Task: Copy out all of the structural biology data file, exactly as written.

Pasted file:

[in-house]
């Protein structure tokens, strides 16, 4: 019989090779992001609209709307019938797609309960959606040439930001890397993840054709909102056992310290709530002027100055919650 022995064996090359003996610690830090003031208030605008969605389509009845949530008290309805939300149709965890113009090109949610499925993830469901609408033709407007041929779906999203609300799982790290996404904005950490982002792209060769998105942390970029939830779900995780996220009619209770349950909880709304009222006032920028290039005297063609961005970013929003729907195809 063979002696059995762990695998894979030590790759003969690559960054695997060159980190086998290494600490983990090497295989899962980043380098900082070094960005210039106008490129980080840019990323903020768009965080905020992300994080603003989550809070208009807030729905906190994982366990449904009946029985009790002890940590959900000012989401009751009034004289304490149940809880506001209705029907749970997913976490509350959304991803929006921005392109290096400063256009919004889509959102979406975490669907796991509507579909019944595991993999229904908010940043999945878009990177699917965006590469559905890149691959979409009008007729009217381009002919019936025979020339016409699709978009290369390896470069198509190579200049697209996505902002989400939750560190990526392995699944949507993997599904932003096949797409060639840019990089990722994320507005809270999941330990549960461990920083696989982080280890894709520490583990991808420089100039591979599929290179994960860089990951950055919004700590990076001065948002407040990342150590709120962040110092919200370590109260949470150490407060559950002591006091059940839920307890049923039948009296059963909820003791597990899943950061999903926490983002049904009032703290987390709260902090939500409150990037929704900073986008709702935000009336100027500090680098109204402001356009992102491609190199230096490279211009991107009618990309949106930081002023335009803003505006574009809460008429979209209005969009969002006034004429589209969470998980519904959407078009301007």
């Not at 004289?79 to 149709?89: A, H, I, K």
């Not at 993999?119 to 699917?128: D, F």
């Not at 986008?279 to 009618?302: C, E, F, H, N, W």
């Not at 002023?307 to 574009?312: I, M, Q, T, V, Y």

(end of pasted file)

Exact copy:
[in-house]
């Protein structure tokens, strides 16, 4: 019989090779992001609209709307019938797609309960959606040439930001890397993840054709909102056992310290709530002027100055919650 022995064996090359003996610690830090003031208030605008969605389509009845949530008290309805939300149709965890113009090109949610499925993830469901609408033709407007041929779906999203609300799982790290996404904005950490982002792209060769998105942390970029939830779900995780996220009619209770349950909880709304009222006032920028290039005297063609961005970013929003729907195809 063979002696059995762990695998894979030590790759003969690559960054695997060159980190086998290494600490983990090497295989899962980043380098900082070094960005210039106008490129980080840019990323903020768009965080905020992300994080603003989550809070208009807030729905906190994982366990449904009946029985009790002890940590959900000012989401009751009034004289304490149940809880506001209705029907749970997913976490509350959304991803929006921005392109290096400063256009919004889509959102979406975490669907796991509507579909019944595991993999229904908010940043999945878009990177699917965006590469559905890149691959979409009008007729009217381009002919019936025979020339016409699709978009290369390896470069198509190579200049697209996505902002989400939750560190990526392995699944949507993997599904932003096949797409060639840019990089990722994320507005809270999941330990549960461990920083696989982080280890894709520490583990991808420089100039591979599929290179994960860089990951950055919004700590990076001065948002407040990342150590709120962040110092919200370590109260949470150490407060559950002591006091059940839920307890049923039948009296059963909820003791597990899943950061999903926490983002049904009032703290987390709260902090939500409150990037929704900073986008709702935000009336100027500090680098109204402001356009992102491609190199230096490279211009991107009618990309949106930081002023335009803003505006574009809460008429979209209005969009969002006034004429589209969470998980519904959407078009301007």
């Not at 004289?79 to 149709?89: A, H, I, K």
């Not at 993999?119 to 699917?128: D, F």
């Not at 986008?279 to 009618?302: C, E, F, H, N, W």
């Not at 002023?307 to 574009?312: I, M, Q, T, V, Y």